Date of Award

Spring 1-1-2012

Document Type

Dissertation

Degree Name

Doctor of Philosophy (PhD)

First Advisor

Andrew Calabrese

Second Advisor

Janice Peck

Third Advisor

Peter Simonson

Fourth Advisor

Stewart Hoover

Fifth Advisor

Isaac Reed

Abstract

The study explores the communicative practices of the Italian radical group Red Brigades (BR), the relationship the group established with the Italian press, and the specific social historical context in which the BR developed both its own self-understanding and the complex dialectical connection with the social whole. I provide an interpretation of the experience of the BR as a group that wanted to make history and ended up being subjected to it.

In relation to both scholarly treatment and popular perceptions, which tend for the most part to depict the BR as an "absolute negation" of the constitutive values of the Italian society, I suggest that the BR represented only a "determinate negation" of their historical conditions, a dialectical product of the very dominant ideology they attacked. This will be mainly exemplified by the contradictory relationship the group came to establish with the state, which represented both the "absolute enemy" and the ultimate source of political recognition and legitimation.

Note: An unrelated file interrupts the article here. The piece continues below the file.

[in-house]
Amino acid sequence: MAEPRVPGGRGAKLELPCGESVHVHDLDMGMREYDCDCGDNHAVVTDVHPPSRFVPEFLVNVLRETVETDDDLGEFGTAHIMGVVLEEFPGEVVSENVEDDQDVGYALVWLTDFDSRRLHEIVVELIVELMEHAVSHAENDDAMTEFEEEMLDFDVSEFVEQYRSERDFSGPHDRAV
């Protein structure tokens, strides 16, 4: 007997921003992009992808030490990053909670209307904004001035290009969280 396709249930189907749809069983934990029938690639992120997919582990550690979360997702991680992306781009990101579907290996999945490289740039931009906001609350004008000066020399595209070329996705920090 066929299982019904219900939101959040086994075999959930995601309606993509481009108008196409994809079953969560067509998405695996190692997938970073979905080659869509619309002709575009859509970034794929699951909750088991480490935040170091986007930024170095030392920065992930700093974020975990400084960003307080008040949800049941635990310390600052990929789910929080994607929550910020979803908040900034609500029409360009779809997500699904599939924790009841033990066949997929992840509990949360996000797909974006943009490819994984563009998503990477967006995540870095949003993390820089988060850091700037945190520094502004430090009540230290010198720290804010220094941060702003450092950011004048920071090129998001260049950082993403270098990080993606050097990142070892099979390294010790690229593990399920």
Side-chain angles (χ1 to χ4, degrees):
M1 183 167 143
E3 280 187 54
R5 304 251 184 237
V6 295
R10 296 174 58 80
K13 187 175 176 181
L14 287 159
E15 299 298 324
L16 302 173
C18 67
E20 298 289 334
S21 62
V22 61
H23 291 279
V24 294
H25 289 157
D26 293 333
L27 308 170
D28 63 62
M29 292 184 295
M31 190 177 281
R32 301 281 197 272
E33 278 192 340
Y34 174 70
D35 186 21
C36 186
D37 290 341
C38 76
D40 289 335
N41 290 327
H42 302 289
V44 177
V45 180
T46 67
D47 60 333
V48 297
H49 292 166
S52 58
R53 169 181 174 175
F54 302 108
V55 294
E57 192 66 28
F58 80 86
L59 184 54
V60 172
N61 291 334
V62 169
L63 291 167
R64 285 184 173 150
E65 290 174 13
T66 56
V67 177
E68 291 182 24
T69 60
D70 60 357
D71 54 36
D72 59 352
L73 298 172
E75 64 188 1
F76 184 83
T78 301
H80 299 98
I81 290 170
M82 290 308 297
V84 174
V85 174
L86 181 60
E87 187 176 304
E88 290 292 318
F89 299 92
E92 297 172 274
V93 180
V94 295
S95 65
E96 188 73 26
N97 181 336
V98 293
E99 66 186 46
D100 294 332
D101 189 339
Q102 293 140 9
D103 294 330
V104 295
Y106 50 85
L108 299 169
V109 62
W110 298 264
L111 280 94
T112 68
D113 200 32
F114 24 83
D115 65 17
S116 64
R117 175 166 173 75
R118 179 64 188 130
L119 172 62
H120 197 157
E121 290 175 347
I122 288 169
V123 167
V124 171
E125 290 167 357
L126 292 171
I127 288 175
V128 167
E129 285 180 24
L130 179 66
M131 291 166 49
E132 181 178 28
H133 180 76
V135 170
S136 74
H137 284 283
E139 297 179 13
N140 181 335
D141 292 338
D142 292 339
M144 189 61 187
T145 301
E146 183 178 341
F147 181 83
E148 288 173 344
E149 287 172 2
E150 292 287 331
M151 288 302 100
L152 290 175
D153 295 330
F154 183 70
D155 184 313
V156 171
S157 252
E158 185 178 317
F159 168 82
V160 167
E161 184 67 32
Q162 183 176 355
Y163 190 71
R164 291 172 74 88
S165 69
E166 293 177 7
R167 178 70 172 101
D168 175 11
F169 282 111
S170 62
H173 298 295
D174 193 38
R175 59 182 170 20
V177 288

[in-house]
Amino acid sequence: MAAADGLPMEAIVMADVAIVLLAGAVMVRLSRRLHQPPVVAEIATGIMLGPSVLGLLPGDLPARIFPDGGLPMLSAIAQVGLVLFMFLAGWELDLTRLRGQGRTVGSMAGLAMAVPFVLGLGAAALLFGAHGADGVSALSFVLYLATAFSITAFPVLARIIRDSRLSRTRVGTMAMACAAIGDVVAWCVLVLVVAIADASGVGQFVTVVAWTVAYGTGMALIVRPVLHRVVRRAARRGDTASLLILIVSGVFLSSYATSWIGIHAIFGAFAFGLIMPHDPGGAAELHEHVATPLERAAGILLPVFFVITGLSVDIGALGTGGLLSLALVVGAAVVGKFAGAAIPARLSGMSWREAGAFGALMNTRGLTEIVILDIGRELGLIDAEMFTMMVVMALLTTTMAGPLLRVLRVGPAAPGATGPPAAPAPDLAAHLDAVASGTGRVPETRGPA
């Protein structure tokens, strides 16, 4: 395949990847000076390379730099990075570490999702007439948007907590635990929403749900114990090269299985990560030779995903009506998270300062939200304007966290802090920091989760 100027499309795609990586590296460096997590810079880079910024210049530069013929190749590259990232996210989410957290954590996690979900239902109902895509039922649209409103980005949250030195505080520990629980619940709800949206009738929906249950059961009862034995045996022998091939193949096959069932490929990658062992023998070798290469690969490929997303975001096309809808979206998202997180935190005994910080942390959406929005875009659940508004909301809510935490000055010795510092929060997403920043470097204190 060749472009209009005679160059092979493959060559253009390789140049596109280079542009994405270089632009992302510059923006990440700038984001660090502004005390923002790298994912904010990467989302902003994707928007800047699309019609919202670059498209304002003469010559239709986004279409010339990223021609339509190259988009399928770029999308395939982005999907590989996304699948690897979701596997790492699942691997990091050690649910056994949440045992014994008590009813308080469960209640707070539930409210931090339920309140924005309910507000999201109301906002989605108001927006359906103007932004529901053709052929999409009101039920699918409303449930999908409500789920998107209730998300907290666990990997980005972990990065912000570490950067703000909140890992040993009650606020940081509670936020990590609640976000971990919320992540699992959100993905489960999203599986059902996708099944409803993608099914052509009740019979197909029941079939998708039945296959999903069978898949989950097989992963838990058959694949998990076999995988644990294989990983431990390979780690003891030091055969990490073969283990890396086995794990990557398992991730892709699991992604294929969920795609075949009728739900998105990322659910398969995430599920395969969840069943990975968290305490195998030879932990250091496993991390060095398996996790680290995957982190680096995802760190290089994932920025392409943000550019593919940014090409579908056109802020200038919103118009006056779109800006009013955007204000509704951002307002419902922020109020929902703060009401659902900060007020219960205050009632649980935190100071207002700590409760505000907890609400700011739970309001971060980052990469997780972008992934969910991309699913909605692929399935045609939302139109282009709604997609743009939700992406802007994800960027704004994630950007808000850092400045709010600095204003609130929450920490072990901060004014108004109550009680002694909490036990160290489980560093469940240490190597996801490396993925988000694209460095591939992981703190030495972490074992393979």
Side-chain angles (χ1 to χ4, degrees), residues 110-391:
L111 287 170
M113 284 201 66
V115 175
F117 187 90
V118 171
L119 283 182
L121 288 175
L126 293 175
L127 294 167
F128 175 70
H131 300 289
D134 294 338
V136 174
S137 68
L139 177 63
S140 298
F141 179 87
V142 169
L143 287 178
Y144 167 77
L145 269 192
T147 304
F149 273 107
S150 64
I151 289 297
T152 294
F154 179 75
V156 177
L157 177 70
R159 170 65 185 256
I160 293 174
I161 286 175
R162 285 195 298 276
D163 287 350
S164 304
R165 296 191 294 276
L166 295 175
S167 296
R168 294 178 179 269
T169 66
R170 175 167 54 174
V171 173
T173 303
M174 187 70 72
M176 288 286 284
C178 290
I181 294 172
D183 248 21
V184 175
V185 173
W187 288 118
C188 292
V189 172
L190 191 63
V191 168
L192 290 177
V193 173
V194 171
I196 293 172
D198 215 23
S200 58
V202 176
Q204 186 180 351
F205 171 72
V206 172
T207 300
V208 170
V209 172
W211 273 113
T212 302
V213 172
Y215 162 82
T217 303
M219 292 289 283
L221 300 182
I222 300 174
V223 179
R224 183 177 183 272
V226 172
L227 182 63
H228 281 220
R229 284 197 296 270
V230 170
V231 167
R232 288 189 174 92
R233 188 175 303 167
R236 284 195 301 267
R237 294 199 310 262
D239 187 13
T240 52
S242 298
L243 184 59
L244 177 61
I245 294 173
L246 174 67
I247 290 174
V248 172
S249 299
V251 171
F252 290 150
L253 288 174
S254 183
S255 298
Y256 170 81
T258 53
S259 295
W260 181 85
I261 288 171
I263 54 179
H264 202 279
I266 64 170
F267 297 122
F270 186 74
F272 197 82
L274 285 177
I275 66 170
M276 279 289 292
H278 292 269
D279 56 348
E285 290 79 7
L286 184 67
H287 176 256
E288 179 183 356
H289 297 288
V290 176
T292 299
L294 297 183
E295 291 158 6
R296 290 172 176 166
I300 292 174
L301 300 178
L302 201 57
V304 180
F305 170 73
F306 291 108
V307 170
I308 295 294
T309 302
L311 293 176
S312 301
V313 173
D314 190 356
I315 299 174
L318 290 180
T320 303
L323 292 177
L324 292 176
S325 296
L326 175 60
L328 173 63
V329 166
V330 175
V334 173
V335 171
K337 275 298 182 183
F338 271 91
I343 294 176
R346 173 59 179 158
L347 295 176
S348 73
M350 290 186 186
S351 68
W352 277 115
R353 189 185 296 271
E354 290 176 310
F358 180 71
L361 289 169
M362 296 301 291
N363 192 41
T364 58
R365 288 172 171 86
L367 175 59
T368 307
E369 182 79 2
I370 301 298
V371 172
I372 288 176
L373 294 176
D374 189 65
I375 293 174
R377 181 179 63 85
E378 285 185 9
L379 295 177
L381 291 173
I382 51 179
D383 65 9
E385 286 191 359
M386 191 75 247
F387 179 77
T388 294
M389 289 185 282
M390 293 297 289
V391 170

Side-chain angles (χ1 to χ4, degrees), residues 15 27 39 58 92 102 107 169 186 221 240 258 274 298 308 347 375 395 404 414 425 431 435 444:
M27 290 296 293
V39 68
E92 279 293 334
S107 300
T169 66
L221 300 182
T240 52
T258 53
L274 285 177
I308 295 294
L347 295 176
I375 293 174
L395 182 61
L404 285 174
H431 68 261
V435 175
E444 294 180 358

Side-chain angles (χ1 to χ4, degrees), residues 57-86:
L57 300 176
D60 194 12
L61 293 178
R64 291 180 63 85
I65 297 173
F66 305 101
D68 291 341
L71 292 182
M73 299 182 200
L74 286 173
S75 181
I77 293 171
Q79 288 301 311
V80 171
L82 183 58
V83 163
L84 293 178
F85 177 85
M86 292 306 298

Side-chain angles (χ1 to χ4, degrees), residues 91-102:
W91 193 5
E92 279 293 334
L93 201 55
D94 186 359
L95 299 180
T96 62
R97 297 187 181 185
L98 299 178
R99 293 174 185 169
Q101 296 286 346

I try to historically ground the specific reasons and circumstances that determined such dialectics between "revolution" and "restoration." The main claim of this study is that the BR's worldview and the dominant ideology(s) mediated by the press represented competing responses to issues that had been haunting Italy since its modern constitution: the structural weakness of the nation state, the contradictions of an uneven development within the capitalist mode of production, and the consequent struggle of the bourgeois class to achieve hegemonic ruling. I suggest a link between a never completely successful process of constitution of the nation-state, a never completely successful class hegemony attainment, and a never completely successful revolutionary elaboration in Italy.

This idea translates more concretely in following the general framework provided by Sartre's progressive regressive method (1968): a method for historical investigation that tries to reconcile the dialectical unity between, on the one hand, the existential/individual motivation, and on the other, the dimension of collective and structural causality. The outcome is an account of the group that resembles a musical counterpoint made up by the analysis of concrete episodes of the BR's experience and the Braudelian longue durée historical context in which those emerge.

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